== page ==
You Must Be Mistaken

It’s easy to tell someone that they are mistaken or wrong. It rarely encourages teamwork or useful dialog.

You Must Be Mistaken

In one my my early jobs I worked with an extremely talented Vietnamese engineer who had gotten out of Vietnam after the fall of Saigon in a leaky fishing boat with his father and brother. It was a difficult journey but they managed to escape, avoid drowning,  and ultimately resettle in San Jose.

We were hired on the same day and went through orientation together.  He was quiet and kept to himself but we were assigned to the same project and  got to know one another over the course of a few months working together.

One day I said something that really made him angry.

I said “that can’t be right, you must be mistaken. You should try it again.” I think we were discussing which compiler switches needed to be set to solve a particular problem.

He said “when I tell you something, it’s because I have tried it and I know that it’s true.”

I hadn’t seen him angry before and was a little taken aback. But I realized that he was very serious and that I had screwed up and challenged him in a way that I had not intended.

I try and remember this when I am responding to folks who tell me something that is contrary to my personal experience.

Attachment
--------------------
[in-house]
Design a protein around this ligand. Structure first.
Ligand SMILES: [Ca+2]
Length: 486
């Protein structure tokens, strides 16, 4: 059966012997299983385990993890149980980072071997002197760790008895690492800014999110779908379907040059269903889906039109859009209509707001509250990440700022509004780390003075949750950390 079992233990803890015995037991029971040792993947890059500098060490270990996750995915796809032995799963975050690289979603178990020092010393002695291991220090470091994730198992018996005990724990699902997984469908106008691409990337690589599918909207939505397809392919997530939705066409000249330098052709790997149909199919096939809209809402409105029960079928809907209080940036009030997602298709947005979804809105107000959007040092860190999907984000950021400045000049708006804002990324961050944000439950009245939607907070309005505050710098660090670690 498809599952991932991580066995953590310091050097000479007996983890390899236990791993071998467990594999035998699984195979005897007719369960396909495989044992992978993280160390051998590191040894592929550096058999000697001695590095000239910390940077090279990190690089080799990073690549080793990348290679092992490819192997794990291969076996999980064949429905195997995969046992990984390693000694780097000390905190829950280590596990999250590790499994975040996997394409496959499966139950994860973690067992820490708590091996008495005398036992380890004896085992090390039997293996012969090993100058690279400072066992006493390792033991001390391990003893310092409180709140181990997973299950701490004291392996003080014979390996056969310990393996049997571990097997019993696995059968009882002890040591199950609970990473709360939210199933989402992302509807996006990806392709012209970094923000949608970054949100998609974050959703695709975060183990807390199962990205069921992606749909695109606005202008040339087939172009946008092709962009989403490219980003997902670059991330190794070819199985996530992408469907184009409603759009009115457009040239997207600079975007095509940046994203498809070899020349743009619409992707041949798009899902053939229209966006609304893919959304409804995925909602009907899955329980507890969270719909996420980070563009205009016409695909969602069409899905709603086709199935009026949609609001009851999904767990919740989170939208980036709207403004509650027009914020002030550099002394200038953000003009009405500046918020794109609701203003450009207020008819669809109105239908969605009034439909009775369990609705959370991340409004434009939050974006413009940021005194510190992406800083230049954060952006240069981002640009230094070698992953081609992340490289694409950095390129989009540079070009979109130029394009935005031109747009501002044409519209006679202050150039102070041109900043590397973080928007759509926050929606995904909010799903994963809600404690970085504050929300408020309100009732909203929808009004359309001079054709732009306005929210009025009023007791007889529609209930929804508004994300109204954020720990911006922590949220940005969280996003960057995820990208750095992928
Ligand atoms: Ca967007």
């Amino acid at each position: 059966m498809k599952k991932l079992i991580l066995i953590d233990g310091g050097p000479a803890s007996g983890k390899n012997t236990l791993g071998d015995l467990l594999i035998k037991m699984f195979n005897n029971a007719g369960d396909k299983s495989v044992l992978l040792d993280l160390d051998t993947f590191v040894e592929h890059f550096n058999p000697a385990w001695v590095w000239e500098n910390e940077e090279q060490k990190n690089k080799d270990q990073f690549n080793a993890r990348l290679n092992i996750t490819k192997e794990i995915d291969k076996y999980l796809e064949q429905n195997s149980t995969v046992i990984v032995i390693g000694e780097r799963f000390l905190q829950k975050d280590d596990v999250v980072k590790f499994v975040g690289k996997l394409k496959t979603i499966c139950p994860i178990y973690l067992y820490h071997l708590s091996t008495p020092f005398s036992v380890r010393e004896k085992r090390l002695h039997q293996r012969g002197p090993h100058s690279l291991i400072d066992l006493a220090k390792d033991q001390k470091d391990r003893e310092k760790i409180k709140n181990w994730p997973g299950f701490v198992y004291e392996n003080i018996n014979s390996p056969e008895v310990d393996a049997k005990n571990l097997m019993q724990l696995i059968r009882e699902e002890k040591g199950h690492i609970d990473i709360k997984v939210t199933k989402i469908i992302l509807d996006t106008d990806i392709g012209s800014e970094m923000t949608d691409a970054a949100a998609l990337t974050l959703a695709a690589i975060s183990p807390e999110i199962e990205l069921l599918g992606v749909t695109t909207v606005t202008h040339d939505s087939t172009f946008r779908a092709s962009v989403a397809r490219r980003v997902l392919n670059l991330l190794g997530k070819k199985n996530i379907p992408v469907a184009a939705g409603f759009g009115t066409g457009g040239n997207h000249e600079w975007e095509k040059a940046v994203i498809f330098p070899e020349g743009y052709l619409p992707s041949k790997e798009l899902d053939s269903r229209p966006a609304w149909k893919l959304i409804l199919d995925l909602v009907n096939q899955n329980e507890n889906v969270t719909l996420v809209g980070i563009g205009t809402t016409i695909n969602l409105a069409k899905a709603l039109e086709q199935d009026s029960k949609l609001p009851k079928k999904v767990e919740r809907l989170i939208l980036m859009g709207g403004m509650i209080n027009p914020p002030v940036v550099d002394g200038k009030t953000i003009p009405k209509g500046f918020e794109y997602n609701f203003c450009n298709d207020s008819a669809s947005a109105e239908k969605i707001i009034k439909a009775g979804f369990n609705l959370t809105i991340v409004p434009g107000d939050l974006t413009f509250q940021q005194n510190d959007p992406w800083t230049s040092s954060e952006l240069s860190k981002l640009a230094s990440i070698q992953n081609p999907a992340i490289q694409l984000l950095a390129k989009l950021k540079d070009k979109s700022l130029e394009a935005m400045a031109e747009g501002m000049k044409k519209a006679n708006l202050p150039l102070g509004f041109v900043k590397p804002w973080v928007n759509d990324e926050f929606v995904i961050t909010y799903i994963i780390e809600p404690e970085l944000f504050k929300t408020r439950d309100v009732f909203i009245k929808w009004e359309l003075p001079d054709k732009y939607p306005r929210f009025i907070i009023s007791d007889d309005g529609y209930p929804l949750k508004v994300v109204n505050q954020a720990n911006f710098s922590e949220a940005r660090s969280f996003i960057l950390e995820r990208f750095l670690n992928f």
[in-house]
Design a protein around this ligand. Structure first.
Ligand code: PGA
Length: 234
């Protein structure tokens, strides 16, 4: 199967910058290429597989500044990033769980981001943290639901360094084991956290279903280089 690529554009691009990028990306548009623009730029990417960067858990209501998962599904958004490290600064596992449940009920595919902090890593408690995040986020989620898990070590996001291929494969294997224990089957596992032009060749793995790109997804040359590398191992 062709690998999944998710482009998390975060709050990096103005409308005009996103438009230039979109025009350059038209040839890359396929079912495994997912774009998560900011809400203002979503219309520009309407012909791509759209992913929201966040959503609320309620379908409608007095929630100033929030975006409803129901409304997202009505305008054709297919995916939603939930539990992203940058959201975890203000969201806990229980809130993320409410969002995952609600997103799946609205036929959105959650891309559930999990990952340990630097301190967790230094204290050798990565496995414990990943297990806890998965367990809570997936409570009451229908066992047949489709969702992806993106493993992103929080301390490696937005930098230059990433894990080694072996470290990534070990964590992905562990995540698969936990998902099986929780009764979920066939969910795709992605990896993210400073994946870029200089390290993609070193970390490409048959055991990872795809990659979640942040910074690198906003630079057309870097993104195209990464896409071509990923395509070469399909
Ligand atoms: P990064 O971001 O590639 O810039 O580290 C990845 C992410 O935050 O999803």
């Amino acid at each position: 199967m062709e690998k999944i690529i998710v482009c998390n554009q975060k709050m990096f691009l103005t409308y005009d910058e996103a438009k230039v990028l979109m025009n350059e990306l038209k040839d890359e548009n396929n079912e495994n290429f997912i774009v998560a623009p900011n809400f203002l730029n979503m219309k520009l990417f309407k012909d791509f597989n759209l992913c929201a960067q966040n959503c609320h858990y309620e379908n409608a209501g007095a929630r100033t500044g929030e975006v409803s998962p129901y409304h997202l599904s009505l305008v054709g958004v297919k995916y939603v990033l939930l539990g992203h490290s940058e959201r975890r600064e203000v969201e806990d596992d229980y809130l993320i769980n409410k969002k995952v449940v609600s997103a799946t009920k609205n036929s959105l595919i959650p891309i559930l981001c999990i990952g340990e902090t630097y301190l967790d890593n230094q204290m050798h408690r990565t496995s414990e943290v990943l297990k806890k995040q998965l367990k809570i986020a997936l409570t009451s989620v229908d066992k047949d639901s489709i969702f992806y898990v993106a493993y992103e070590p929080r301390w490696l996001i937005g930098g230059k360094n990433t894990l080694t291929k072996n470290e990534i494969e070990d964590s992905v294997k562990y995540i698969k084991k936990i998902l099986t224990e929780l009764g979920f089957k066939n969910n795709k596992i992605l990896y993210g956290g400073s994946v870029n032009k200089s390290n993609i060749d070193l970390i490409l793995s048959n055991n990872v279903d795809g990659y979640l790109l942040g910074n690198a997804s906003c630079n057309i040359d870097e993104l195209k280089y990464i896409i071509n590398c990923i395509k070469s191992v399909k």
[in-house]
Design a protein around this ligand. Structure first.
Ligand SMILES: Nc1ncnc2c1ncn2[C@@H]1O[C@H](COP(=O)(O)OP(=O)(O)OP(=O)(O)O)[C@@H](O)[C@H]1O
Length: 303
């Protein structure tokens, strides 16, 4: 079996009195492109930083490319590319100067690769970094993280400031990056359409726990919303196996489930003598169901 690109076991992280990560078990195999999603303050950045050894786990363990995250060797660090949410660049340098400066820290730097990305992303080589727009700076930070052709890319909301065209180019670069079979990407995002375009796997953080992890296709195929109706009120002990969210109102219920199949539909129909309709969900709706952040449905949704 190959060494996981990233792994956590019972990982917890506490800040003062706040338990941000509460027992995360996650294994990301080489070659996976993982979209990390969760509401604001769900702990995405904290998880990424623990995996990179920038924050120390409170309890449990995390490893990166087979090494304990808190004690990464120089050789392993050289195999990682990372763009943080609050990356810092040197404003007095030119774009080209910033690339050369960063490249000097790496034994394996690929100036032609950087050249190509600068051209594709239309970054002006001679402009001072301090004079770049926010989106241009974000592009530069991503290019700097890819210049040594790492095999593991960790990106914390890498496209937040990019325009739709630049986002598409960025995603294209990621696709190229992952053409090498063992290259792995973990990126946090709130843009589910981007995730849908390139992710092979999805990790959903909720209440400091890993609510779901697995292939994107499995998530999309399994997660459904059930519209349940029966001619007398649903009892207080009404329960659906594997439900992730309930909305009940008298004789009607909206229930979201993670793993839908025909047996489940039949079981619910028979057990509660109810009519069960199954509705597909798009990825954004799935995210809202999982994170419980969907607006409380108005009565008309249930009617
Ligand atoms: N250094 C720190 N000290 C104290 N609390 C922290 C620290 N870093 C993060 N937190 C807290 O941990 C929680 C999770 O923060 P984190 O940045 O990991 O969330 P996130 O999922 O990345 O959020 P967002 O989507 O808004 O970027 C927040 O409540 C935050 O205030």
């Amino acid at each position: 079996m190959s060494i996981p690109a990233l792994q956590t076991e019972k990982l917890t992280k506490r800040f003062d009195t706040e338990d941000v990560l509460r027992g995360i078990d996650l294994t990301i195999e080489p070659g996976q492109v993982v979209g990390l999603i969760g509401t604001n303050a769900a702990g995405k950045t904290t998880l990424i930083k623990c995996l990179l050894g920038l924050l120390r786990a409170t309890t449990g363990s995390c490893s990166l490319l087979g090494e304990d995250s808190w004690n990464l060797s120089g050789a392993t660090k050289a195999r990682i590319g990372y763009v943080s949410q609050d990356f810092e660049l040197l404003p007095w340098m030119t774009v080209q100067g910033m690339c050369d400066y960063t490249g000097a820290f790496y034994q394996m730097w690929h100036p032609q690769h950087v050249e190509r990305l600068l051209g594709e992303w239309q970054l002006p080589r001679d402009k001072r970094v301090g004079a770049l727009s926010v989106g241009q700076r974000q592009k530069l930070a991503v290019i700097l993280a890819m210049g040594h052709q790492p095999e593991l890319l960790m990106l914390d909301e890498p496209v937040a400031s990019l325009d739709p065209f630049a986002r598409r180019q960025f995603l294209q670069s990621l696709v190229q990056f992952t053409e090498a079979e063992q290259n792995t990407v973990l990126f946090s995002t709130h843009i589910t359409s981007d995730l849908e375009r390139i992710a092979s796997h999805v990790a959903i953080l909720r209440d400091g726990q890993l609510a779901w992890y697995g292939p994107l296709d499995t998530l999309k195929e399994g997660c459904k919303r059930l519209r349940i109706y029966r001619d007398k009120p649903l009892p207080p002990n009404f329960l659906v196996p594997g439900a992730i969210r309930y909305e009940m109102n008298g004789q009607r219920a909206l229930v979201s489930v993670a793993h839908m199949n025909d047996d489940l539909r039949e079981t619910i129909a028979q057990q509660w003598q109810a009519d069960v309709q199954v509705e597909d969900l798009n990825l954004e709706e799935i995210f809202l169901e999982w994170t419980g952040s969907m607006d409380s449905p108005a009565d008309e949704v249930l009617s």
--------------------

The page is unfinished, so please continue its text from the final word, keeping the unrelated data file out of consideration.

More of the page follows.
Backing someone into a corner rarely works. I can often learn something new if I say something like this instead: “That’s interesting, I have never seen that happen before, can you tell me more about it?”

This also works with prospects, customers, co-workers, business partners, children, spouses, and most other humans.

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1 thought on “You Must Be Mistaken”

  1. Good tip! I worked in tech support early in my career, and it was pretty common for a customer to flat out deny that any given button that you’ve asked them to press is on the screen in front of them. New technicians tended to start an argument at this point.

    The easiest way around it was a variation of your statement above: “That’s odd – I have it on mine, perhaps we have different versions. Can you read out what you see?”. Inevitably the customer would read out the title of the exact button they swore wasn’t there 30 seconds previously.

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